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County Councillor backs region to cope with rising cost of dementia care

A Staffordshire County Councillor has said that the region will be able to cope with the effects of dementia – after a new report claimed care will cost one per cent of the world’s gross domestic product.

The World Alzheimer Report, published last week, estimates that the global cost of dealing with the condition could rise to a £338bn.

Cllr Matthew Ellis

Cllr Matthew Ellis

But County Councillor Matthew Ellis (Cons, Lichfield Rural East) believes an innovative approach will  stand the region in good stead.

The Cabinet Member for Health and Wellbeing explained:

“In Staffordshire, we see the future of care in this area being about early diagnosis and assessment in the community, and sign posting to other options in the community such as Alzheimer Cafes.  By tackling the early stages of the disease, we can ensure sufferers and their carers access the best help and advice possible.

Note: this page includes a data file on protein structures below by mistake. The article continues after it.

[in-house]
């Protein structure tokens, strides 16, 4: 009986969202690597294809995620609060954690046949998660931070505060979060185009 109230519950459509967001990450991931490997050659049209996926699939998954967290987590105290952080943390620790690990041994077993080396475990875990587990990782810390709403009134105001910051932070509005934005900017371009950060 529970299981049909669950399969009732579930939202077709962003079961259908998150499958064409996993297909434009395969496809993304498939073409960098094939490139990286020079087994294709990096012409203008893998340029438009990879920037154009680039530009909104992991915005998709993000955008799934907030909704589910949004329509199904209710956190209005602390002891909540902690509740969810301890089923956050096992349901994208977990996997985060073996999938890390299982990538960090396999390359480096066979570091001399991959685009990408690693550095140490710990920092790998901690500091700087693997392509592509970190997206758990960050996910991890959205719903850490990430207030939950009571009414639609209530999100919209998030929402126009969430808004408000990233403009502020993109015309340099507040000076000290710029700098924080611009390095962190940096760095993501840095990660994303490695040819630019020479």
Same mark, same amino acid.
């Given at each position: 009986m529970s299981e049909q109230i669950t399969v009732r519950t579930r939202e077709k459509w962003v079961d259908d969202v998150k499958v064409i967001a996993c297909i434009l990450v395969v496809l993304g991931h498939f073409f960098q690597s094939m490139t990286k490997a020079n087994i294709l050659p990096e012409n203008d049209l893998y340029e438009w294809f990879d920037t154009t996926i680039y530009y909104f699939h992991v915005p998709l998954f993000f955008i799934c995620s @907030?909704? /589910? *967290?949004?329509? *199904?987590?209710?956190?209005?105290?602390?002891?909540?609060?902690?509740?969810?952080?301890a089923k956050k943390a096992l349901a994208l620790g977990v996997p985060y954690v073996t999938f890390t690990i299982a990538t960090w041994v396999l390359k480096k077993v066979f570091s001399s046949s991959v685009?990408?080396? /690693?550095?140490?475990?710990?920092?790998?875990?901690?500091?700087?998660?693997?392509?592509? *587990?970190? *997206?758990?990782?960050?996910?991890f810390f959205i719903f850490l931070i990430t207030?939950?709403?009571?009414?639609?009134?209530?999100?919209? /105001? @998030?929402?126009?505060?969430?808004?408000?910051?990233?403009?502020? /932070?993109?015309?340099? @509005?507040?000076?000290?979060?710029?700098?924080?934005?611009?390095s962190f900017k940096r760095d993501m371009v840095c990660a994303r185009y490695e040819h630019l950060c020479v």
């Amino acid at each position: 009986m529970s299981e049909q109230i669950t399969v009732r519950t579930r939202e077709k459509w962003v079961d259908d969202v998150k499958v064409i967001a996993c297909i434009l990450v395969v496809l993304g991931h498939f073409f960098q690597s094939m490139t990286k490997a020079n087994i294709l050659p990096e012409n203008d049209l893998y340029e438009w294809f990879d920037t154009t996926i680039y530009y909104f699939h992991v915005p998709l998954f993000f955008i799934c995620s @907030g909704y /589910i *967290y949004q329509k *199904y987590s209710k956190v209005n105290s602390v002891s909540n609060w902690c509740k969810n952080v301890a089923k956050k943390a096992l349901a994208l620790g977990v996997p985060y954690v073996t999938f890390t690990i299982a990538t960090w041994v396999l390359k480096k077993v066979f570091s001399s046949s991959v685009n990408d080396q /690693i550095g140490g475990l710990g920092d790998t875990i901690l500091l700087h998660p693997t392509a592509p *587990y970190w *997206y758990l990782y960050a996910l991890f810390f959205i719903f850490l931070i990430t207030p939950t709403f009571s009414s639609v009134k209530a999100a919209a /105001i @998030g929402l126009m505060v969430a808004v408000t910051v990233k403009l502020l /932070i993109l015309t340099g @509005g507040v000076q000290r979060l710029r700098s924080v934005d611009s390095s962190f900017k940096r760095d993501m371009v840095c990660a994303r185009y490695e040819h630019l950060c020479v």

“We are also ensuring we are in a good position to meet the increasing demands that will be placed on the service.”

The Alzheimer’s Disease International report estimates the number of people with dementia is expected to double by 2030, and more than triple by 2050.  Locally, the numbers of dementia sufferers are set to rise above overall trends, particularly in areas where there are above-average numbers of older people.

The county council is working with the NHS to try and ensure they meet demand. Among the services being supplied to support people in the early stages of the disease include memory clinics and specialist Dementia Advisers.

Cllr Ellis continued:

“Dementia is one of the biggest challenges we face in providing care for a growing elderly population and it is crucial that social care and the NHS work together to provide effective care and support.”

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